Obviously, if you're going to do voiceovers, you need a controlled sound space in order to get the job done. Many people spend tons of money building an elaborate and complicated setup - and it will work - but you can do almost the same thing for a lot less.
I've been doing studio recording, radio and voiceover work for decades, and I've learned a few tricks. It comes down to a few clever choices and a little thought, which can make all the difference.
You'll notice in my photos below that the entire room is not treated, because it's simply not necessary. What you need is the immediate space around the microphone - maybe 3-4 feet - to be well treated against reflections. The rest you can do with much more inexpensive methods, or not at all. For example, the wall opposite the opening in my booth is covered with a comforter, just something to knock down the most pesky reflections.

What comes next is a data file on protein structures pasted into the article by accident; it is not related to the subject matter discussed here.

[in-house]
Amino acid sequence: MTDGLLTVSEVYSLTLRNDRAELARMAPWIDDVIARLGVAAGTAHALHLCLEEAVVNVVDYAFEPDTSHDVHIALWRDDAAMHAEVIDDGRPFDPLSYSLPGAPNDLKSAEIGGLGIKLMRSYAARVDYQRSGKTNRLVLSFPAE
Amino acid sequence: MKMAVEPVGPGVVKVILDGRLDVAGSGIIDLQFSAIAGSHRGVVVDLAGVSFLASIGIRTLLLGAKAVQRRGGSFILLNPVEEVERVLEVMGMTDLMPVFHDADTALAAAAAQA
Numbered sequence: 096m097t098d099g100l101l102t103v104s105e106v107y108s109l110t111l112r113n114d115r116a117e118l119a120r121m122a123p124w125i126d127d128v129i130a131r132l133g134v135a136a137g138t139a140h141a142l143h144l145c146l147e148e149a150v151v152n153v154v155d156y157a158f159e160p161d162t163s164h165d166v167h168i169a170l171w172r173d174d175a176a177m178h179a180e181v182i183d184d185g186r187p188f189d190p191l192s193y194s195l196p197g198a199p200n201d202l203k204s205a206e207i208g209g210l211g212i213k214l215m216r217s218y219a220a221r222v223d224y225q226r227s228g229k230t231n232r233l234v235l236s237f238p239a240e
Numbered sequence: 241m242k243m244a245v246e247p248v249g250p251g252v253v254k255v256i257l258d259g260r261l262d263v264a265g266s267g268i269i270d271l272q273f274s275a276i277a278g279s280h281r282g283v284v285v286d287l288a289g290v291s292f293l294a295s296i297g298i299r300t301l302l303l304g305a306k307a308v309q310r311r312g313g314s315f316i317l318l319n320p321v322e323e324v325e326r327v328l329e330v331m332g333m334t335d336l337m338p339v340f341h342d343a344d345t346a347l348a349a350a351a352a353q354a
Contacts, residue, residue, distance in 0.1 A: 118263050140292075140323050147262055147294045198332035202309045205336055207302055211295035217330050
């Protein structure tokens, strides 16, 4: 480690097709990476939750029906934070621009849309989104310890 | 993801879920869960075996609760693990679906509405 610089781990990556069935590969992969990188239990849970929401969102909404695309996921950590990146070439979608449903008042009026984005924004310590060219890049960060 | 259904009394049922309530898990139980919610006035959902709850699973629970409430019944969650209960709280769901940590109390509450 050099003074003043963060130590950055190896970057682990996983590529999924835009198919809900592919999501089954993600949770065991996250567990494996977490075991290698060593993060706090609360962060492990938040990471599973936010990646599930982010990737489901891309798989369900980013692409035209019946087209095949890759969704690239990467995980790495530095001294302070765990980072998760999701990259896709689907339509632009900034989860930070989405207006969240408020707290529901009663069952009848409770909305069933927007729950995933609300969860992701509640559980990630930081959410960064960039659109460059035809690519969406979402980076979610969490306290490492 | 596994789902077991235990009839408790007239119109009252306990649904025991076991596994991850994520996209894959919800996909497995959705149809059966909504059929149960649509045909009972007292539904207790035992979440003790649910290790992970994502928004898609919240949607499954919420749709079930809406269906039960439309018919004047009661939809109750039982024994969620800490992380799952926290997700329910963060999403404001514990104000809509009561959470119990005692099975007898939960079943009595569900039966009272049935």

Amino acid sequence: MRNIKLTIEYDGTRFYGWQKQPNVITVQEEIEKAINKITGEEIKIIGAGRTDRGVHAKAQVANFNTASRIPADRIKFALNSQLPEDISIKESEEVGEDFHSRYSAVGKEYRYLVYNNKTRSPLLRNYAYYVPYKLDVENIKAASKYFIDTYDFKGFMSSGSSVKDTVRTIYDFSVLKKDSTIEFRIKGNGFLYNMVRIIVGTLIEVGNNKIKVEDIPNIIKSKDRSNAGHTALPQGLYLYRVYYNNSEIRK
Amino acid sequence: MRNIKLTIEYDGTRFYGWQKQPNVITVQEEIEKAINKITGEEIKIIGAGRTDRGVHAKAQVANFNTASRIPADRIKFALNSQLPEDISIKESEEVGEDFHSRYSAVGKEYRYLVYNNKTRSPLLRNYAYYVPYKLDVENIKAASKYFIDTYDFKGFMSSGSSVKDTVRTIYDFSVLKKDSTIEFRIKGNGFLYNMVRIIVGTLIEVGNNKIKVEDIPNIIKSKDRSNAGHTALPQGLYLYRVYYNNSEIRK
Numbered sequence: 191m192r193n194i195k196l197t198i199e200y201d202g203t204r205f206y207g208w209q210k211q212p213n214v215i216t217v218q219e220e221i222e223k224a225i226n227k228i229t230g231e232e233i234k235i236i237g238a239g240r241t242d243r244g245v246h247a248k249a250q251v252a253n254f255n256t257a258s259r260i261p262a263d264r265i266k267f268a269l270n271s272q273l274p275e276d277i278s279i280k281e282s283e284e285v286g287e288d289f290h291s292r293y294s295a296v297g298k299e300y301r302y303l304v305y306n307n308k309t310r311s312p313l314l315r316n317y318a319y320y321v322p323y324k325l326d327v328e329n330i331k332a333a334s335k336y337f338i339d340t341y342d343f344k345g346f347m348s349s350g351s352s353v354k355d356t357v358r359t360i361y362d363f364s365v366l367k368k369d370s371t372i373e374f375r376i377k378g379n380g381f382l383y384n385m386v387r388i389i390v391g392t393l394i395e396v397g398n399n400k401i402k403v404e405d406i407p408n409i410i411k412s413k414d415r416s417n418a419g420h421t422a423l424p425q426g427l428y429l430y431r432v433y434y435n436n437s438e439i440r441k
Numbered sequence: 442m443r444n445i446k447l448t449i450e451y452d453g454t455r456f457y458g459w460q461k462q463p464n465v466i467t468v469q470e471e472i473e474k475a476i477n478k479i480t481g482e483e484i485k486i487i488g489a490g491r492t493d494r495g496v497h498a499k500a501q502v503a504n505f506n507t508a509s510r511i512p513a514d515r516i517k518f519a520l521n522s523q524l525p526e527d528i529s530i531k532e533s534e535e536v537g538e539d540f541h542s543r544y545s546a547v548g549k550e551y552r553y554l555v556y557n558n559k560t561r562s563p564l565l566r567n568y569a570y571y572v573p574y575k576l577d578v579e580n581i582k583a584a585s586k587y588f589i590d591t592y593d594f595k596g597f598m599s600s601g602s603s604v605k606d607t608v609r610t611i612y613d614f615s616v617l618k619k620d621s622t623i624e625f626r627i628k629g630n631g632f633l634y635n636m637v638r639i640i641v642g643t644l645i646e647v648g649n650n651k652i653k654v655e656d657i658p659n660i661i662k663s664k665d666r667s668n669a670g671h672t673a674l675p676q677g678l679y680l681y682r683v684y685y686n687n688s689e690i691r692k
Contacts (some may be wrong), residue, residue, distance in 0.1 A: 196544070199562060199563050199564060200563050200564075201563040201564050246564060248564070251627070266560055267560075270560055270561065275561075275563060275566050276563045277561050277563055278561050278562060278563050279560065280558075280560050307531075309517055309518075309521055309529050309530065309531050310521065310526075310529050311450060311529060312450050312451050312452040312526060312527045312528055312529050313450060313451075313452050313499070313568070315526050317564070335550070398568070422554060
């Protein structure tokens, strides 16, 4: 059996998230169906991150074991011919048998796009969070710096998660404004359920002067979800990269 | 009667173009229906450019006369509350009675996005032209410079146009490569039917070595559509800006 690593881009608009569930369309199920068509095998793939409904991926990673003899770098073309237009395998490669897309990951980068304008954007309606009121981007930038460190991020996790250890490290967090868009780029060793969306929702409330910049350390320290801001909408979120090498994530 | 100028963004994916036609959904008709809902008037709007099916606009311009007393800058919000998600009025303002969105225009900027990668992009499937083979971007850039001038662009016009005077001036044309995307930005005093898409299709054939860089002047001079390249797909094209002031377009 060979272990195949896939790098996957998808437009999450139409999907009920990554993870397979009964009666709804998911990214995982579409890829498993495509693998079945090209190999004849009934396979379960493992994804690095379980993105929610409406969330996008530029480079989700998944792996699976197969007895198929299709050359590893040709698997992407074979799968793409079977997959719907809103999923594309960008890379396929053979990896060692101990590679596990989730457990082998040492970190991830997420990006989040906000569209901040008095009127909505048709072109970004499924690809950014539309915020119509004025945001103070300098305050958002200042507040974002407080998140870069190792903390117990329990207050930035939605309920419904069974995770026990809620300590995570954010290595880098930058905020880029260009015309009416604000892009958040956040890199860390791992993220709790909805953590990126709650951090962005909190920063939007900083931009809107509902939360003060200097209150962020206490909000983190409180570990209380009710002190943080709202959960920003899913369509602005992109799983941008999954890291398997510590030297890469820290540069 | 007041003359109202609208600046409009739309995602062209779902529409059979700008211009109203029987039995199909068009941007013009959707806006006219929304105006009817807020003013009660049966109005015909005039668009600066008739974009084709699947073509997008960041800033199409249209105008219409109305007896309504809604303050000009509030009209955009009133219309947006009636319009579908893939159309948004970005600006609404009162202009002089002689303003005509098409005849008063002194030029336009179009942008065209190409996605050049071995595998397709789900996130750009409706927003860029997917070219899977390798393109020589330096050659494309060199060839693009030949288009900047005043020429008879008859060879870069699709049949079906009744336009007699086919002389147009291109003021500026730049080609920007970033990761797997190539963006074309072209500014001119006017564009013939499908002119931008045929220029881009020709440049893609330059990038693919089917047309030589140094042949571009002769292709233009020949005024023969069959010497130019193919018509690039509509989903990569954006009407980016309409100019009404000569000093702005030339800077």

A quick PS. I've already had several people tell me, "Are you insane? Why would you show your studio? Won't people think you're some low-end operation if they see it's just a makeshift space?" First of all, it's not haphazard; it's very specifically thought out. Could it be more beautiful? Of course, and the only person who's going to feel better about me, is me.
Honestly, what the space looks like shouldn't matter; the results you get should speak volumes. And a client that you work with online will only care about the results as well.